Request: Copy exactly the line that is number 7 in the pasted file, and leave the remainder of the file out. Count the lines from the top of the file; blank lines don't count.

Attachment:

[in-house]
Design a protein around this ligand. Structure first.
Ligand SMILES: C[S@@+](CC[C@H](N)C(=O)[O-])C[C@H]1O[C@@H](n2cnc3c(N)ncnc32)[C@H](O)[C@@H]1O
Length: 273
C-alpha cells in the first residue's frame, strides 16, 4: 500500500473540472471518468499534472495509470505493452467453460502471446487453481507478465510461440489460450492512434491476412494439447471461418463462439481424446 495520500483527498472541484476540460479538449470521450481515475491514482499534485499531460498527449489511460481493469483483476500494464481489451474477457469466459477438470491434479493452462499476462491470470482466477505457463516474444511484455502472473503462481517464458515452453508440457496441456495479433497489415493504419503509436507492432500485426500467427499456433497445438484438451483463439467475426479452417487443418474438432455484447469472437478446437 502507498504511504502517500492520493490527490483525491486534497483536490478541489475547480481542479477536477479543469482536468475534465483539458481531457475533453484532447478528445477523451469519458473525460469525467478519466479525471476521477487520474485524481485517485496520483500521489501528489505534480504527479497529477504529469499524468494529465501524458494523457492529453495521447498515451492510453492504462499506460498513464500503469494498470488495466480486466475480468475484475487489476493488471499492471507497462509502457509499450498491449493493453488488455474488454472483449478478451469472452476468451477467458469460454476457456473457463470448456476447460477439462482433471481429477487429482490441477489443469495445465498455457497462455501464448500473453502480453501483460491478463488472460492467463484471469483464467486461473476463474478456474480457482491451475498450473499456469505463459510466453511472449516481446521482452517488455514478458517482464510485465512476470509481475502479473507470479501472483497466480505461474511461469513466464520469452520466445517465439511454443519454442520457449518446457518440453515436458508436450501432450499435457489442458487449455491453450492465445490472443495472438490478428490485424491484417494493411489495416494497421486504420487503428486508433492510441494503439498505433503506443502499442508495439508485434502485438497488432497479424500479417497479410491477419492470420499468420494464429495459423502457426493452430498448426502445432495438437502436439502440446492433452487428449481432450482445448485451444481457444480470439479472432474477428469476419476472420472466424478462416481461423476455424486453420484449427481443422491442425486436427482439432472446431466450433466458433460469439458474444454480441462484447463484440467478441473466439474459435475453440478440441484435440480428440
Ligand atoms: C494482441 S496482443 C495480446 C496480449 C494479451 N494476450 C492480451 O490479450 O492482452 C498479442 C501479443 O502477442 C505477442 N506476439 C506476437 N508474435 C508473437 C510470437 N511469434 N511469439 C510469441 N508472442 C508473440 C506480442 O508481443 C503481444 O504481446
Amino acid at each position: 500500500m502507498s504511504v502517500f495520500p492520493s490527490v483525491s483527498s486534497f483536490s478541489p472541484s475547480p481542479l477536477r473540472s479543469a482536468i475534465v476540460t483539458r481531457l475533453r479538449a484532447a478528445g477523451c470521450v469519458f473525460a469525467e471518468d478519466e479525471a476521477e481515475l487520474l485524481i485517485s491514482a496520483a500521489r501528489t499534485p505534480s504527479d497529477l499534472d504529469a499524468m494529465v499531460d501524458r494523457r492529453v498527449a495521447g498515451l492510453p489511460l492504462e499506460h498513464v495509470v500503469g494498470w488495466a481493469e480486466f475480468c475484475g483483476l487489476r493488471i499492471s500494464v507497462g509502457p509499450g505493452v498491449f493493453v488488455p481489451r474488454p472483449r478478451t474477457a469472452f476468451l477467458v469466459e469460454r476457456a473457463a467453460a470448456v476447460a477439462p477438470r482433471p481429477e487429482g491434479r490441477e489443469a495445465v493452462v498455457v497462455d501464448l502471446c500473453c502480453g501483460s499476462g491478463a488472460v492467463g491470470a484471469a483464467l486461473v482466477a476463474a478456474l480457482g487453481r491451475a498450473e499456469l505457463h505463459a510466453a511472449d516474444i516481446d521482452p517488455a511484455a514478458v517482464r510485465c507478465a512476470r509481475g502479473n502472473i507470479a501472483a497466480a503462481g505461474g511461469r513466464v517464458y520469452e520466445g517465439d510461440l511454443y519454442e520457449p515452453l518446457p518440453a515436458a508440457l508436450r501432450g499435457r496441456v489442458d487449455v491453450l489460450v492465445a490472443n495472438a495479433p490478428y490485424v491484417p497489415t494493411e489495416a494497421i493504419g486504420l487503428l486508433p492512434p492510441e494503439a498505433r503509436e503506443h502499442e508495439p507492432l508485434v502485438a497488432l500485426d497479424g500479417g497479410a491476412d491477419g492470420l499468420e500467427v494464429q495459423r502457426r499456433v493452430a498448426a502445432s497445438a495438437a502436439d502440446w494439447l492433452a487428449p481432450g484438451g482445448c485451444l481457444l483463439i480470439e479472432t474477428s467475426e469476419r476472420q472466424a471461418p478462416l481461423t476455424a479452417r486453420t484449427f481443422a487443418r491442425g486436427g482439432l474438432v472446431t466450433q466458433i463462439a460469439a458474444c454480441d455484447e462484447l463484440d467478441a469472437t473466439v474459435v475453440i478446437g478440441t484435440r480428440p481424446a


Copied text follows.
Amino acid at each position: 500500500m502507498s504511504v502517500f495520500p492520493s490527490v483525491s483527498s486534497f483536490s478541489p472541484s475547480p481542479l477536477r473540472s479543469a482536468i475534465v476540460t483539458r481531457l475533453r479538449a484532447a478528445g477523451c470521450v469519458f473525460a469525467e471518468d478519466e479525471a476521477e481515475l487520474l485524481i485517485s491514482a496520483a500521489r501528489t499534485p505534480s504527479d497529477l499534472d504529469a499524468m494529465v499531460d501524458r494523457r492529453v498527449a495521447g498515451l492510453p489511460l492504462e499506460h498513464v495509470v500503469g494498470w488495466a481493469e480486466f475480468c475484475g483483476l487489476r493488471i499492471s500494464v507497462g509502457p509499450g505493452v498491449f493493453v488488455p481489451r474488454p472483449r478478451t474477457a469472452f476468451l477467458v469466459e469460454r476457456a473457463a467453460a470448456v476447460a477439462p477438470r482433471p481429477e487429482g491434479r490441477e489443469a495445465v493452462v498455457v497462455d501464448l502471446c500473453c502480453g501483460s499476462g491478463a488472460v492467463g491470470a484471469a483464467l486461473v482466477a476463474a478456474l480457482g487453481r491451475a498450473e499456469l505457463h505463459a510466453a511472449d516474444i516481446d521482452p517488455a511484455a514478458v517482464r510485465c507478465a512476470r509481475g502479473n502472473i507470479a501472483a497466480a503462481g505461474g511461469r513466464v517464458y520469452e520466445g517465439d510461440l511454443y519454442e520457449p515452453l518446457p518440453a515436458a508440457l508436450r501432450g499435457r496441456v489442458d487449455v491453450l489460450v492465445a490472443n495472438a495479433p490478428y490485424v491484417p497489415t494493411e489495416a494497421i493504419g486504420l487503428l486508433p492512434p492510441e494503439a498505433r503509436e503506443h502499442e508495439p507492432l508485434v502485438a497488432l500485426d497479424g500479417g497479410a491476412d491477419g492470420l499468420e500467427v494464429q495459423r502457426r499456433v493452430a498448426a502445432s497445438a495438437a502436439d502440446w494439447l492433452a487428449p481432450g484438451g482445448c485451444l481457444l483463439i480470439e479472432t474477428s467475426e469476419r476472420q472466424a471461418p478462416l481461423t476455424a479452417r486453420t484449427f481443422a487443418r491442425g486436427g482439432l474438432v472446431t466450433q466458433i463462439a460469439a458474444c454480441d455484447e462484447l463484440d467478441a469472437t473466439v474459435v475453440i478446437g478440441t484435440r480428440p481424446a